Lee hosts THEC mathematics workshop for local teachers
by Special to the Banner
Jul 07, 2013 | 1265 views | 0 0 comments | 12 12 recommendations | email to a friend | print
Lee University recently hosted the Mathematics in Biotechnology (MIB2.0) workshop, a five-day program held in Lee University’s science and math complex, June 24-28.

Associate Professor of Biology Dr. Lori West, along with other Lee faculty, led the community project for a second consecutive year through an Improving Teacher Quality (ITQ) Grant awarded by the Tennessee Higher Education Commission.

The MIB2.0 program represents Lee’s ongoing initiative to positively impact high school faculty and students in Southeast Tennessee. This year’s plan was to recruit matched pairs — a biology and mathematics teacher — from local high schools to participate in the workshop and followup instruction.

Twenty teachers participated in MIB2.0 and are from various districts in East Tennessee including Blount, Bradley, Hamilton, McMinn, Rhea and Sevier counties, along with Cleveland City Schools.

“I am honored to have the opportunity for the second year to work with local high school teachers,” said West. “I love meeting the teachers, hearing their stories, and collaborating with them.”

West added the goal is for teachers to leave not only with new ways in which to teach or integrate the mathematics common core standards, but for them to also be provided with the equipment necessary to perform experiments in biotechnology.

“I was happy to return this year to learn more about using the new equipment our school received,” said Melissa Mynatt, a biology teacher at Seymour High School. “Schools have a hard time funding these kinds of biology labs, and this program helps with that. This whole experience was so helpful.”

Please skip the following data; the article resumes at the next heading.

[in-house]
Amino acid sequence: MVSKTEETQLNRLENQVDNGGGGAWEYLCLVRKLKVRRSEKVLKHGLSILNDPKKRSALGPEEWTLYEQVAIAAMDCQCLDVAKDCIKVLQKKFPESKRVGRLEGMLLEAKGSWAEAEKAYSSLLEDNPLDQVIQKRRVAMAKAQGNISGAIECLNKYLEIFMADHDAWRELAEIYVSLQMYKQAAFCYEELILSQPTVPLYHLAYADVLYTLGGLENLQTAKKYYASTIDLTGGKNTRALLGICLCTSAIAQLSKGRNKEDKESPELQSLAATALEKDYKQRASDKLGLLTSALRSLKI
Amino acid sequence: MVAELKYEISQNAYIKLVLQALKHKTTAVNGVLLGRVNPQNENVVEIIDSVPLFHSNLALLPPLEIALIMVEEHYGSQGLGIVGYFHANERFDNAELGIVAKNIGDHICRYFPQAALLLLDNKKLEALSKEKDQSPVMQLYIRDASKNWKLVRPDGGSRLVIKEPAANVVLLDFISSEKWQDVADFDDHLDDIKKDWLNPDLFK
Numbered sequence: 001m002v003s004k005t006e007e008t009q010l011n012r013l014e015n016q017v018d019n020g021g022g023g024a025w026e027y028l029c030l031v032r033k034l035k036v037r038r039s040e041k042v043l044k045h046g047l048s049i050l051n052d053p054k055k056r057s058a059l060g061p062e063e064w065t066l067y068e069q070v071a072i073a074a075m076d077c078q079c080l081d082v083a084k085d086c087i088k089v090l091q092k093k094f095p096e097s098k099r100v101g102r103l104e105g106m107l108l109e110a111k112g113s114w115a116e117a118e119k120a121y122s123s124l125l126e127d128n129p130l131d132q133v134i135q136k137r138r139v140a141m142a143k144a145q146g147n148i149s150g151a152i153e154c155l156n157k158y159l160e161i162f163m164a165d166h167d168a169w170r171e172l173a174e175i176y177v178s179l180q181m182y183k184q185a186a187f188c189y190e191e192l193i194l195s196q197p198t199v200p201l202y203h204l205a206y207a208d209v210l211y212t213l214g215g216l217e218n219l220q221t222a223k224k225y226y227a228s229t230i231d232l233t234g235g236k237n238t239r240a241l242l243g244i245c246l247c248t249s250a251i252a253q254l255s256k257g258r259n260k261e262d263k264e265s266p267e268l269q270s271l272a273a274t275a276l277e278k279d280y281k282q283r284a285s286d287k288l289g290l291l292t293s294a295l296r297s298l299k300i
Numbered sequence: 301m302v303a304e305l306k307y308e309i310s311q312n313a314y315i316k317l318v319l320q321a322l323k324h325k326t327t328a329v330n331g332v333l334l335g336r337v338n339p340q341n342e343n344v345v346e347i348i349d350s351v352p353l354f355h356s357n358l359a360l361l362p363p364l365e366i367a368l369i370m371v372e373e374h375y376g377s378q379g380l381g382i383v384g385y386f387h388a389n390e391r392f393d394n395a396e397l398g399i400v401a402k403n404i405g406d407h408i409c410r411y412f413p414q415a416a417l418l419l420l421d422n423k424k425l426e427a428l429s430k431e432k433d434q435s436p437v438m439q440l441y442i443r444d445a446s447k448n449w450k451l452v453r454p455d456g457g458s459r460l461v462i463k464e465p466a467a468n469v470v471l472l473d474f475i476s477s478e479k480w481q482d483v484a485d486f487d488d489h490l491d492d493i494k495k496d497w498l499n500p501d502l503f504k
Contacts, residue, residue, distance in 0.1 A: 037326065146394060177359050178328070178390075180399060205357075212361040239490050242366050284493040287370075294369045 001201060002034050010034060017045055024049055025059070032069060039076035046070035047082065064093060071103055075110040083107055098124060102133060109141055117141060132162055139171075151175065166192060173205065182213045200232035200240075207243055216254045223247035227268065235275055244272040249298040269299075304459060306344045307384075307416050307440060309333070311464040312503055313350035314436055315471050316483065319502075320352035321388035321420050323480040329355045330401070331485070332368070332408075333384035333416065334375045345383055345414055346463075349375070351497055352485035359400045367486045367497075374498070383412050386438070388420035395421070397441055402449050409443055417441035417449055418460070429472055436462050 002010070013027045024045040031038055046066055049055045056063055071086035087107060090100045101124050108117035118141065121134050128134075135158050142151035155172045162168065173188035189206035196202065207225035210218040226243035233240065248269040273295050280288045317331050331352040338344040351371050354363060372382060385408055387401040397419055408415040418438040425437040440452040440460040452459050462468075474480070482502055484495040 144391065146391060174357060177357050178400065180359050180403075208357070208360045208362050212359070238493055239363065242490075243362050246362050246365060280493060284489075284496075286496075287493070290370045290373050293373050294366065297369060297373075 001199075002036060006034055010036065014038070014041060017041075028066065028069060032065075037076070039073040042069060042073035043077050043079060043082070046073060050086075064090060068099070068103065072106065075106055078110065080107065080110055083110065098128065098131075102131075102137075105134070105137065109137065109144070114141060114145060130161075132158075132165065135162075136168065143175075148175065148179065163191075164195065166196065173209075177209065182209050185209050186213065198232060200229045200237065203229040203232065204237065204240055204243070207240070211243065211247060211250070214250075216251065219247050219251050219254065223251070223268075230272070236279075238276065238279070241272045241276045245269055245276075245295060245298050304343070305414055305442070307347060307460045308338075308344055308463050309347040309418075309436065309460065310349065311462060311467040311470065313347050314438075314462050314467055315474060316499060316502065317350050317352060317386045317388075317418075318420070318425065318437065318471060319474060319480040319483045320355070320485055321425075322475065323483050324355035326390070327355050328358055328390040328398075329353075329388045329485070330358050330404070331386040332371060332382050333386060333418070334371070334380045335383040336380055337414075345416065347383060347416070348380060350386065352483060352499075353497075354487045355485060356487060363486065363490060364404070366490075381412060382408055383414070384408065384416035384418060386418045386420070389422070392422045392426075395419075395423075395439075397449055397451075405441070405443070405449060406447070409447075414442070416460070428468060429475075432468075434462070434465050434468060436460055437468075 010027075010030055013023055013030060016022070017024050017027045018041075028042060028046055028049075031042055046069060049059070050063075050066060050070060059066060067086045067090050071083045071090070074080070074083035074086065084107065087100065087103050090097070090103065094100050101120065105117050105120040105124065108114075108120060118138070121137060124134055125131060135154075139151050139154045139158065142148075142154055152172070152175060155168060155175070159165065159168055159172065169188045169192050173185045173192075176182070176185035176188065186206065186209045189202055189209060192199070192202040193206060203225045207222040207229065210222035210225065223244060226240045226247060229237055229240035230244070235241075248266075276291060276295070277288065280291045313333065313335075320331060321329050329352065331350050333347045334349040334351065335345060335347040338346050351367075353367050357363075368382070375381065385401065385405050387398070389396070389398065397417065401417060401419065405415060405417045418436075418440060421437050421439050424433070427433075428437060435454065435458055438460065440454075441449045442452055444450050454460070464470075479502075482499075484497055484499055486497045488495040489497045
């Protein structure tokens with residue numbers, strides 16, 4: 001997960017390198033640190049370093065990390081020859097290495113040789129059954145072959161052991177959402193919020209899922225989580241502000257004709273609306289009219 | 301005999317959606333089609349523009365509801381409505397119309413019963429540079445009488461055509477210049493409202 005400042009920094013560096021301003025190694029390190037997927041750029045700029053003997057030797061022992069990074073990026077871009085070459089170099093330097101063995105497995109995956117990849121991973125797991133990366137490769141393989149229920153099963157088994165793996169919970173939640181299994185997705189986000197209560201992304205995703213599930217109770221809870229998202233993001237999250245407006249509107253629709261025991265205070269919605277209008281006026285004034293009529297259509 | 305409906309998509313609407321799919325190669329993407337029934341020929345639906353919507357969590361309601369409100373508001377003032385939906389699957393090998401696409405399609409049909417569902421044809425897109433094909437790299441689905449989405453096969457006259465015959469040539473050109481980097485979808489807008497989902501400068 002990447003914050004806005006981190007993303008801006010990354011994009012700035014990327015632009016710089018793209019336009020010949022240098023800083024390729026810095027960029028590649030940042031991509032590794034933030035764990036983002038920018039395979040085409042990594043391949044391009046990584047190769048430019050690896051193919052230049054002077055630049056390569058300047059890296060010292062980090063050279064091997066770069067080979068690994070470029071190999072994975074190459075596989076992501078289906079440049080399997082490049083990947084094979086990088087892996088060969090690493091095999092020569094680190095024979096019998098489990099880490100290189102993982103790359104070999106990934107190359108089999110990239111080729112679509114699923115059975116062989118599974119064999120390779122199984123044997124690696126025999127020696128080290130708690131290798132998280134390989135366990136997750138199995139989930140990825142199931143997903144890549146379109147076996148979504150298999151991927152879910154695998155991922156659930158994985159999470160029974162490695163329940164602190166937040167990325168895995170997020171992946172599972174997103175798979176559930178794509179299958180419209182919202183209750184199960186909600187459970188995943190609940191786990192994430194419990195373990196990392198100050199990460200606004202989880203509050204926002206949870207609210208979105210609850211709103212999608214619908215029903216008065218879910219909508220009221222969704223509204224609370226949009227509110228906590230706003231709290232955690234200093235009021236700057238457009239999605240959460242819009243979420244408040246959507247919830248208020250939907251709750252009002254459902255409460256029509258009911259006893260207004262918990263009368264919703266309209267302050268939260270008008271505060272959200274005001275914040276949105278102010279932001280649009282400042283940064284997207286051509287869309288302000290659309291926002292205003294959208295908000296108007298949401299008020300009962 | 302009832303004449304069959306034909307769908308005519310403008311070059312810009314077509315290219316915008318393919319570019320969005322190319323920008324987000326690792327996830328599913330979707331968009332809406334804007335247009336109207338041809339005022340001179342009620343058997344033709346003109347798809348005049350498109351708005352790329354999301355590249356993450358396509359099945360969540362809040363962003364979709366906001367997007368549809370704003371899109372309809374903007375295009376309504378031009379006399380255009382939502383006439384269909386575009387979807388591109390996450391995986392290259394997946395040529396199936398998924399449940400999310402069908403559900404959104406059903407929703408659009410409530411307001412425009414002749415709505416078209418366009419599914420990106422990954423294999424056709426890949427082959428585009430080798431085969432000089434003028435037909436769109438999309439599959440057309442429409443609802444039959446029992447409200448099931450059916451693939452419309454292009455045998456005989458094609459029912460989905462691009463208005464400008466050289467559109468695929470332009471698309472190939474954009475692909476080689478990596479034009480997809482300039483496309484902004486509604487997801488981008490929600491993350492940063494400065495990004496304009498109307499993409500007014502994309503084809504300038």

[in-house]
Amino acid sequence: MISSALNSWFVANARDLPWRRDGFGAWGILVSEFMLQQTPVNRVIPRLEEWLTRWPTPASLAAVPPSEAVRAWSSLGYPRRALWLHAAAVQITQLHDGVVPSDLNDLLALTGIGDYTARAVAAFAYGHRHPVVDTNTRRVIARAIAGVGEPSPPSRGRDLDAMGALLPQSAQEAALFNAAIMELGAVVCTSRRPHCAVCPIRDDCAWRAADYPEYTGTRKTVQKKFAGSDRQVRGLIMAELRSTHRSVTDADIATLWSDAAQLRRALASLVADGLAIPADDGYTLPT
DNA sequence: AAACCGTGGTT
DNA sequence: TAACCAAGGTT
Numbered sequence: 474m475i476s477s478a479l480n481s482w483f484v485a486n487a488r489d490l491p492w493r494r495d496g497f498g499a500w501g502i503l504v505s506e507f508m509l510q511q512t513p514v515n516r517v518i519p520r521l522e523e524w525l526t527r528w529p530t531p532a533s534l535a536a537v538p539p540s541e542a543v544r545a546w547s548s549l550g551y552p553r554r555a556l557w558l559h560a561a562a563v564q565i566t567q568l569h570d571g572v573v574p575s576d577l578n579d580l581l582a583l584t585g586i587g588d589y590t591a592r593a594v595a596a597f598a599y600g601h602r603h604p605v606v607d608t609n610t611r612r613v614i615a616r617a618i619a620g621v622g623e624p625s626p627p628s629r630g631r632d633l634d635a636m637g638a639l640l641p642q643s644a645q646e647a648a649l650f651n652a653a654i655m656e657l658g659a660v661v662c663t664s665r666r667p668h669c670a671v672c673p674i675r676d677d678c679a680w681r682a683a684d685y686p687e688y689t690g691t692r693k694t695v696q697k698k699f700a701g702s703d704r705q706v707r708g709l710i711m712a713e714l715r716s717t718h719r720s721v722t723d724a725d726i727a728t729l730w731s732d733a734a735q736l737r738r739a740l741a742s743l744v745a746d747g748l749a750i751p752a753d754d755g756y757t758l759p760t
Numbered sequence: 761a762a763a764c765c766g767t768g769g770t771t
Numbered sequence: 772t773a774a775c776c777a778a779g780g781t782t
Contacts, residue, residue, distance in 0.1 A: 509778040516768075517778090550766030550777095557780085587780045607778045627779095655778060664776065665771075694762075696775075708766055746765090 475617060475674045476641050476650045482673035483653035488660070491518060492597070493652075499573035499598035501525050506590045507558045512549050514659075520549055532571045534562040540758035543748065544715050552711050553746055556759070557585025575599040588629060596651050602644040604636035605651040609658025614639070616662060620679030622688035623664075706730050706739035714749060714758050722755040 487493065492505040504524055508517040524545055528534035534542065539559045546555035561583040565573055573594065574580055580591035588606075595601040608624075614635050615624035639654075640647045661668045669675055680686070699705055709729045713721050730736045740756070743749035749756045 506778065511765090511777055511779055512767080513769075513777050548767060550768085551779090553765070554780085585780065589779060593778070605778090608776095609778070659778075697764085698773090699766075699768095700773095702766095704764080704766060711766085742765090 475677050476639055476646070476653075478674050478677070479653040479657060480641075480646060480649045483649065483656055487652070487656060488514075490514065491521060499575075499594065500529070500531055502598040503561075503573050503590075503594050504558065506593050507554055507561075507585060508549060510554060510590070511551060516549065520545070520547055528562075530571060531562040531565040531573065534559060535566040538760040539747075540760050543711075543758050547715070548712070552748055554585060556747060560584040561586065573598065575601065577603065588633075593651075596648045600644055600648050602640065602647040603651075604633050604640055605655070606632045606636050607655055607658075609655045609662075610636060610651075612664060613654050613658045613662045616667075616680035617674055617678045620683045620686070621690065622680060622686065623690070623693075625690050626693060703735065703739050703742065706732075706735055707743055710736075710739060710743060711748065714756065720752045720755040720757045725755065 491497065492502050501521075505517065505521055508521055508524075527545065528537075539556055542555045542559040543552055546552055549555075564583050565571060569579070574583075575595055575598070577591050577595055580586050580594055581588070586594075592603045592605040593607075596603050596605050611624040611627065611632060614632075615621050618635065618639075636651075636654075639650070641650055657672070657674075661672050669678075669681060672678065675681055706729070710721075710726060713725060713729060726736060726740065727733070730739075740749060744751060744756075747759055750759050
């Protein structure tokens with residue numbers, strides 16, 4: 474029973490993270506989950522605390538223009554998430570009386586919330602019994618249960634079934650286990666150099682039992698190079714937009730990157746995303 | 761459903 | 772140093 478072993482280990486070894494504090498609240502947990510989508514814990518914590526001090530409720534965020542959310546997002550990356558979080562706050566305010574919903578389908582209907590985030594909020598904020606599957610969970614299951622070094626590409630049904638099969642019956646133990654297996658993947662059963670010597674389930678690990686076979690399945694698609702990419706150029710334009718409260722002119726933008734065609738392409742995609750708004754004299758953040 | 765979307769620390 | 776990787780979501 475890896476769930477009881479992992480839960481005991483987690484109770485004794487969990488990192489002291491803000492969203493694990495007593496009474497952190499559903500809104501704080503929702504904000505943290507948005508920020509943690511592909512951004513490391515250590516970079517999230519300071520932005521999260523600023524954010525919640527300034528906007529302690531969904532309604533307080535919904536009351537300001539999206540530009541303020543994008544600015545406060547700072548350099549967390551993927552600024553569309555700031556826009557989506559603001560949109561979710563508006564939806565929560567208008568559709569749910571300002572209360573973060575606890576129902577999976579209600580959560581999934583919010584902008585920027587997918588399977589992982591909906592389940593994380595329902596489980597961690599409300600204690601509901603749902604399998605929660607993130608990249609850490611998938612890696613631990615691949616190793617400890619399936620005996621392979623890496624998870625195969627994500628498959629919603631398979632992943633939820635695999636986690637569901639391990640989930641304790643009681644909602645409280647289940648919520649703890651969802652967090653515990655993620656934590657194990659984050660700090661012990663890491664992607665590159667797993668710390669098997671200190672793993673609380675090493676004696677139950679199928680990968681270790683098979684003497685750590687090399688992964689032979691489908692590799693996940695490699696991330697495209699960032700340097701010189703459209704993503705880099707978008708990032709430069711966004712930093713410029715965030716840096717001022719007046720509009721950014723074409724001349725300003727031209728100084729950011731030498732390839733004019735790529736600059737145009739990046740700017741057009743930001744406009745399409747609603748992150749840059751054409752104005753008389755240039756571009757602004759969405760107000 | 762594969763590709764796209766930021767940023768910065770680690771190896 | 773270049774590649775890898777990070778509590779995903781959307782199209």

While the MIB2.0 workshop continued to consider application of probability and statistics and modeling common core standards to the analysis of data, the focus shifted slightly to population genetics.

The workshop provided professional developmental assistance to mathematic core standards in the biology curriculum, while emphasizing comprehensive scholastic improvement.

Brian Kranz, a biology teacher at East Hamilton High, said, “I leave MIB2.0 with a greater sense of confidence to incorporate a more rigorous math standard in my biology classes. The workshop has also given me the opportunity to start a partnership between the science and math departments which will greatly benefit our students.”

Many members of Lee’s faculty participated in workshop instruction. Drs. Sherry Kasper and Lori West were involved in the biology instruction and experimentation.

Drs. Blayne Carroll and Debra Mimbs were involved in the mathematics instruction, while Dr. Eric Moyen was involved in instruction in pedagogy.

Dr. Laura Singletary was involved with pedagogy specific to mathematics and Dr. Michael Freake served as a guest scientist sharing his research in population genetics.

“I am very impressed with Lee's biology, mathematics, and education faculty,” said Jim Marlowe, MIB2.0 participant and biology teacher at Boyd Buchanan. “They are enthusiastic about their disciplines, enjoy teaching, and model what I think a great teacher should be. I feel blessed to have been one of their students this week, and I hope to follow their examples and use mathematics in my biology classes more consistently and meaningfully.”

West is trained in biochemistry, cellular and molecular biology, and has taught DNA techniques for the past seven years, performing graduate and postdoctoral research in DNA mutagenesis.

The THEC was established in 1967 for the purpose of coordinating and supporting the efforts of higher education institutions in Tennessee. The ITQ program falls under the No Child Left Behind Act of 2001 and is the largest federal platform for professional development to improve teaching and learning.

West adds, “We are grateful to the Tennessee Higher Education Commission for this opportunity and hope to be able to continue these types of programs in the future.